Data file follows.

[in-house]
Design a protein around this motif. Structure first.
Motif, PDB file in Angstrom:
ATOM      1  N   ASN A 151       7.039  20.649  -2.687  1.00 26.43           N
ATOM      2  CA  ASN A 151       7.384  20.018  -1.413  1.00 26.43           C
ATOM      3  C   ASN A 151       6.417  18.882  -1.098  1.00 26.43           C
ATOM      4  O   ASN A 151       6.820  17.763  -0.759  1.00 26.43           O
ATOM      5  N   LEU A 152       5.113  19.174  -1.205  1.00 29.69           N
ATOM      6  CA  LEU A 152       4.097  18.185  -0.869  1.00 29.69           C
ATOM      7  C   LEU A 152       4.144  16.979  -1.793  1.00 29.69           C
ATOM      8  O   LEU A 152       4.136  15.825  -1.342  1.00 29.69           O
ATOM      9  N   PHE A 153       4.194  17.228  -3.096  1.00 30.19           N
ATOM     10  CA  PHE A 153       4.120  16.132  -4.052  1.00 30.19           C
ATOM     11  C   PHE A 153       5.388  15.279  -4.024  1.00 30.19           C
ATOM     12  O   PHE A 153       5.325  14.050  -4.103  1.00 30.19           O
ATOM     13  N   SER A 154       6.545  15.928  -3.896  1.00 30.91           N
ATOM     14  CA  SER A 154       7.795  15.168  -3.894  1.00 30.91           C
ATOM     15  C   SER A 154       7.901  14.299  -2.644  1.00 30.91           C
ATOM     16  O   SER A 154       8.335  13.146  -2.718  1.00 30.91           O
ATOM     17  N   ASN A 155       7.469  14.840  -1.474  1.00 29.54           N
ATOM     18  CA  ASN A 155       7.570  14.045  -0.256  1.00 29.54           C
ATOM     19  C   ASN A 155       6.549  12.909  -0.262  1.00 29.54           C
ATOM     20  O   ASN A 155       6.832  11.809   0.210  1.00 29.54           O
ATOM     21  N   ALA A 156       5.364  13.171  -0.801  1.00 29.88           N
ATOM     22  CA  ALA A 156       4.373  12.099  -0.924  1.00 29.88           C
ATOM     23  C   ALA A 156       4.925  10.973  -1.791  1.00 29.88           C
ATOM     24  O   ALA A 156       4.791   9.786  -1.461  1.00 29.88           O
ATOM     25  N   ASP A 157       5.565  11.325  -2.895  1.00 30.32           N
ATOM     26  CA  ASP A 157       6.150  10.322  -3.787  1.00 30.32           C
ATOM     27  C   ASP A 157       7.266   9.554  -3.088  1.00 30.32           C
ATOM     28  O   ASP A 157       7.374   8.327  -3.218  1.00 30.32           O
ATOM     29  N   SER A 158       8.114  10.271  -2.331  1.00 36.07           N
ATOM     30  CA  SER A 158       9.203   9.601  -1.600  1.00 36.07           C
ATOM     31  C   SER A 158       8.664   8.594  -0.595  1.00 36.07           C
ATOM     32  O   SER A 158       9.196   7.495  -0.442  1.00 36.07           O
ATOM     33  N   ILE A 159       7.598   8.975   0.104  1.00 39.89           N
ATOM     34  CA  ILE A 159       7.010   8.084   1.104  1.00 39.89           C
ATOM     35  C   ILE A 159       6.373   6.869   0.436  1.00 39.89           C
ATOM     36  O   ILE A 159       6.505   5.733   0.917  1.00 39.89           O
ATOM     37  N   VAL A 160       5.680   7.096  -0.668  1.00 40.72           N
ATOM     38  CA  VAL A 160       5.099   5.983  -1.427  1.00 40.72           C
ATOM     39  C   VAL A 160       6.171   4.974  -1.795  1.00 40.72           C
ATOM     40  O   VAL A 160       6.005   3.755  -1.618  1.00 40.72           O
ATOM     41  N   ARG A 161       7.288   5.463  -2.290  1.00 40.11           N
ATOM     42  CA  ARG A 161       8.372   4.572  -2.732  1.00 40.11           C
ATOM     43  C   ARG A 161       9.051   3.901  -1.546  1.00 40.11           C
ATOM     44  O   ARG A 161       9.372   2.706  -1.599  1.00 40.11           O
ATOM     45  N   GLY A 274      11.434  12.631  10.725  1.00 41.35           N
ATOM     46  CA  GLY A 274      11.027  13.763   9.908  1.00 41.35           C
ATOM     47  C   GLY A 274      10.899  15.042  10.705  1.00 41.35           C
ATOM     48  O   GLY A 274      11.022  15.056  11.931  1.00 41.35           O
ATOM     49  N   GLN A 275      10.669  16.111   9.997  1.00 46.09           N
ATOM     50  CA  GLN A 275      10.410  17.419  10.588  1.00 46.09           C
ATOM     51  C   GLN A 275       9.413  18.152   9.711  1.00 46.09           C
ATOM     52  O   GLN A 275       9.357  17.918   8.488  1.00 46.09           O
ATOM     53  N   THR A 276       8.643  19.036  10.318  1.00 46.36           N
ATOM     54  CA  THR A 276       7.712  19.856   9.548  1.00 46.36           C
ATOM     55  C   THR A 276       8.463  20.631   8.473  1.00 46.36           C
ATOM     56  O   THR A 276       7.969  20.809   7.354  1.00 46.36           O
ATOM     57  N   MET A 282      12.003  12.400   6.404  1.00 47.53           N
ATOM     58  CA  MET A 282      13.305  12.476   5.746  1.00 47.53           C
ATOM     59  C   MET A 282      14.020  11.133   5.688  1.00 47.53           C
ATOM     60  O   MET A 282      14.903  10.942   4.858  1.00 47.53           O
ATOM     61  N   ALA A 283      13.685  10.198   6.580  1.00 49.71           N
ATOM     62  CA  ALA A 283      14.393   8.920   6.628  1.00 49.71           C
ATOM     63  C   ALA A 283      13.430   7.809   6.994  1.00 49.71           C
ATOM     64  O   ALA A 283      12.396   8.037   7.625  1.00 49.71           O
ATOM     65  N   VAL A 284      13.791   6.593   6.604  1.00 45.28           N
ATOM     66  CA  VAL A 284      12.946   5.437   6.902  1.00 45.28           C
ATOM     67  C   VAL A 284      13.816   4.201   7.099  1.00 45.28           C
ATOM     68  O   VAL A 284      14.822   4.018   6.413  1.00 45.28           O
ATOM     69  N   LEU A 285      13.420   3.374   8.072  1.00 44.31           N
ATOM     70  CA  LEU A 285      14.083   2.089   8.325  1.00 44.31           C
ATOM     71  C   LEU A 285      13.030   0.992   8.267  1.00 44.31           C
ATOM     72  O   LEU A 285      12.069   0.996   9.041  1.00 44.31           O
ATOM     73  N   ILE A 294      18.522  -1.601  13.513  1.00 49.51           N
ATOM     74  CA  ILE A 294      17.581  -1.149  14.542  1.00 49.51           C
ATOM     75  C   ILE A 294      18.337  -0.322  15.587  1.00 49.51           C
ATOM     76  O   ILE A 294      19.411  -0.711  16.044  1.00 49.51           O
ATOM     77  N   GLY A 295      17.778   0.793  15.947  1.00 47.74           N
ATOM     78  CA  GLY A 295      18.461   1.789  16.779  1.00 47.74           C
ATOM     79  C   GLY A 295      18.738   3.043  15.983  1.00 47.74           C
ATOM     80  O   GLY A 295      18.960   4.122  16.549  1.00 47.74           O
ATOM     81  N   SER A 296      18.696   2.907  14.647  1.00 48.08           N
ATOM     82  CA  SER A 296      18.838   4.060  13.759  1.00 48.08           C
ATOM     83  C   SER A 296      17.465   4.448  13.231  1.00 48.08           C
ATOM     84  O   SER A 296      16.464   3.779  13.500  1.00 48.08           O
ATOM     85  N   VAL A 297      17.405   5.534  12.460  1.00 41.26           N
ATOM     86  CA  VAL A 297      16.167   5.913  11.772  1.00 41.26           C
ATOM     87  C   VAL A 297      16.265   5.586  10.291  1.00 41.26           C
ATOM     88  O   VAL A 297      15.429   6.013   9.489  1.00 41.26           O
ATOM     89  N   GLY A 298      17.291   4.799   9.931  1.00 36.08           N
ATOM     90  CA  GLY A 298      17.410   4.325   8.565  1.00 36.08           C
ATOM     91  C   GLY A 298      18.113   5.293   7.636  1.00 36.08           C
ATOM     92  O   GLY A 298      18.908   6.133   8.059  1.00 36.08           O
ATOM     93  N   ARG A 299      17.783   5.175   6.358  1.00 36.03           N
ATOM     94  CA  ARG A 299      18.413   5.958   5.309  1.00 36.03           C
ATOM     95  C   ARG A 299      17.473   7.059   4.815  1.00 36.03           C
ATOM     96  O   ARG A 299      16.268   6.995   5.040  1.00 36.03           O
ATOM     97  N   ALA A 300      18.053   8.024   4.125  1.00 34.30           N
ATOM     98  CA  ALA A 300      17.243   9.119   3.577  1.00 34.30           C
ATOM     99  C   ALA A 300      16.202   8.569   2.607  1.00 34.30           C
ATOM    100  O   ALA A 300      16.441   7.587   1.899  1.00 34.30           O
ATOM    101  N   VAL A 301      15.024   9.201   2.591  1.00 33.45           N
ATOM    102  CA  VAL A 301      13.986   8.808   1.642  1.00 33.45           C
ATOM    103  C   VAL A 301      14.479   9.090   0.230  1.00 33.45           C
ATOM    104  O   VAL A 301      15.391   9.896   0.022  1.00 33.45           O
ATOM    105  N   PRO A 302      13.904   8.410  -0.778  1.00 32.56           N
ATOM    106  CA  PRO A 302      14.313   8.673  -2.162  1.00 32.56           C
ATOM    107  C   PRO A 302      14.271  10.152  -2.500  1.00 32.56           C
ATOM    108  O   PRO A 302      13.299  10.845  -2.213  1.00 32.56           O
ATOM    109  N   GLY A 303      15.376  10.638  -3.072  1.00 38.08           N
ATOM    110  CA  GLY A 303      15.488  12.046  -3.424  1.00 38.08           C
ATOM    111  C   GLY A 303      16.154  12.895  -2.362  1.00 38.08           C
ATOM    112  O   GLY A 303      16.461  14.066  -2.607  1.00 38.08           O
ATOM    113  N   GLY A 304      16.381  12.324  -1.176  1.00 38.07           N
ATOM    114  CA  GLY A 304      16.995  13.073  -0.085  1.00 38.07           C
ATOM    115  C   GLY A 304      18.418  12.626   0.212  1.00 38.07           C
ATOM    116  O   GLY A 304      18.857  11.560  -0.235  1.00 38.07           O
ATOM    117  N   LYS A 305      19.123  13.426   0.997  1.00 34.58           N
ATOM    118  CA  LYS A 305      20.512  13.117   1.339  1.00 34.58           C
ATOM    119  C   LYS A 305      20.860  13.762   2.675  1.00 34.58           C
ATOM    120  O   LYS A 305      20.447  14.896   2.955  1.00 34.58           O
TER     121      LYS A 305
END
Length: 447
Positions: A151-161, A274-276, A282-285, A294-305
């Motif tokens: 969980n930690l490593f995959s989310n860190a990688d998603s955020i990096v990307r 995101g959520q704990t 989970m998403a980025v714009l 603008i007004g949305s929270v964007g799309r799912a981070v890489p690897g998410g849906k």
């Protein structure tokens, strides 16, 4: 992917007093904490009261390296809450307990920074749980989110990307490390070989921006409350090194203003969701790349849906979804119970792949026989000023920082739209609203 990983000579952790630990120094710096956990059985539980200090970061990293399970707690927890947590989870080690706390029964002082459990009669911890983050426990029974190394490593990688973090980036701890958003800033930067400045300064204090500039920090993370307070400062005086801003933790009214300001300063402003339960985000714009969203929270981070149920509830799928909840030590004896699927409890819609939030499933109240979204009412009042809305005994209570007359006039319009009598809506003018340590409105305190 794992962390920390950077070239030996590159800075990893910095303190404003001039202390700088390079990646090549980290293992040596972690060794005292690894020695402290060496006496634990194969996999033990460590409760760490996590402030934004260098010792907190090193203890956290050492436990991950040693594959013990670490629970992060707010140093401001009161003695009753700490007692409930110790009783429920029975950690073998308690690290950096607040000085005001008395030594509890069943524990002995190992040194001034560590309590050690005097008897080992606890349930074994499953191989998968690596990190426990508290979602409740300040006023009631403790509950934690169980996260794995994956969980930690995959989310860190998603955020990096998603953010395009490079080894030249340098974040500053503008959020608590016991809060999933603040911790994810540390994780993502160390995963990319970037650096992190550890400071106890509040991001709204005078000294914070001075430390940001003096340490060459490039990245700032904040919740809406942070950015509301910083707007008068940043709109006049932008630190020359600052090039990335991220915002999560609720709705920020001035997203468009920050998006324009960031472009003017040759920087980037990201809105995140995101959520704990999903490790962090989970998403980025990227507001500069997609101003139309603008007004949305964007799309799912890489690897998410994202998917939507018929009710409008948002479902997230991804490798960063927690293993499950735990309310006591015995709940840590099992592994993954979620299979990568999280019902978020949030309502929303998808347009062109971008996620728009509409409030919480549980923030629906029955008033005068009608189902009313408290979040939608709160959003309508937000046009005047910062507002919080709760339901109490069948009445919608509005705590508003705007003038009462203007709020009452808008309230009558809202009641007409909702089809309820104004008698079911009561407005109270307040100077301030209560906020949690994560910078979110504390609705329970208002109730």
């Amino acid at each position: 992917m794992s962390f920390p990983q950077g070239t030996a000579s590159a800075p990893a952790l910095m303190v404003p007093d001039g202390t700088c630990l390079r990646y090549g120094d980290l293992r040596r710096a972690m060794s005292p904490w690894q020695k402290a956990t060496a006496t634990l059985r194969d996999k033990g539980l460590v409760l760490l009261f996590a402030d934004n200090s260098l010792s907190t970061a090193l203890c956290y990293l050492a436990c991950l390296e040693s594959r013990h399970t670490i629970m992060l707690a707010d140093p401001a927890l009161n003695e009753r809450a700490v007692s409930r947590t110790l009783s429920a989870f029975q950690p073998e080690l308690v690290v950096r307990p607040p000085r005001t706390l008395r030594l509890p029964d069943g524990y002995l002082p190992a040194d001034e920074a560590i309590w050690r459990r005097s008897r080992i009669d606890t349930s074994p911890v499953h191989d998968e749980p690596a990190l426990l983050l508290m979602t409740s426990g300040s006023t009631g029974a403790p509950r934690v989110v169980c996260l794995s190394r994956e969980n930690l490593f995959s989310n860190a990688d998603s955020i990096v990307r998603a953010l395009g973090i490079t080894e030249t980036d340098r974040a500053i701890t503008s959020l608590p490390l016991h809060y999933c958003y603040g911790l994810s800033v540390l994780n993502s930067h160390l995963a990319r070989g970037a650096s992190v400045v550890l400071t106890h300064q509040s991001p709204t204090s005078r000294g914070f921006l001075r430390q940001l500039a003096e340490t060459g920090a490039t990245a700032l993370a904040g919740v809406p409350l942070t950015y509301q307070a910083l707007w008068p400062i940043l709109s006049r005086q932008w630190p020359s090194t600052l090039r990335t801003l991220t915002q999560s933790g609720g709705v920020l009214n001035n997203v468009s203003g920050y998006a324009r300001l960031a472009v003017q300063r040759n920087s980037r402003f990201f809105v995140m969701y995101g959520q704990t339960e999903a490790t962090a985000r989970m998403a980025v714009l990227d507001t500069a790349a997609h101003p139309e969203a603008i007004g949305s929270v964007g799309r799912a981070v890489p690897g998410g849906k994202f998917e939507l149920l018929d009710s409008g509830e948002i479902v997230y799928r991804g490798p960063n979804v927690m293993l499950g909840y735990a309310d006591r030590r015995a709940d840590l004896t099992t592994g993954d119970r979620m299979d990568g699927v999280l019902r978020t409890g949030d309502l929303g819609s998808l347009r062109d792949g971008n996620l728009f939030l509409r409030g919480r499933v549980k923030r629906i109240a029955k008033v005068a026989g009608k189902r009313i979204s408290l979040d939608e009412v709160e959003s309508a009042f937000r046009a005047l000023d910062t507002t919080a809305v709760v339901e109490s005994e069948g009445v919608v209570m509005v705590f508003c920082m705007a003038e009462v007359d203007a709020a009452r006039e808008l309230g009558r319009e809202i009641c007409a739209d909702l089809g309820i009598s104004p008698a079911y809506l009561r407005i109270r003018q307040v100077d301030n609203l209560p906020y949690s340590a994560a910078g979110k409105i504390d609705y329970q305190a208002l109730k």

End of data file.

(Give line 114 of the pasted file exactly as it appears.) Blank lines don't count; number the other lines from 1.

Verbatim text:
ATOM    111  C   GLY A 303      16.154  12.895  -2.362  1.00 38.08           C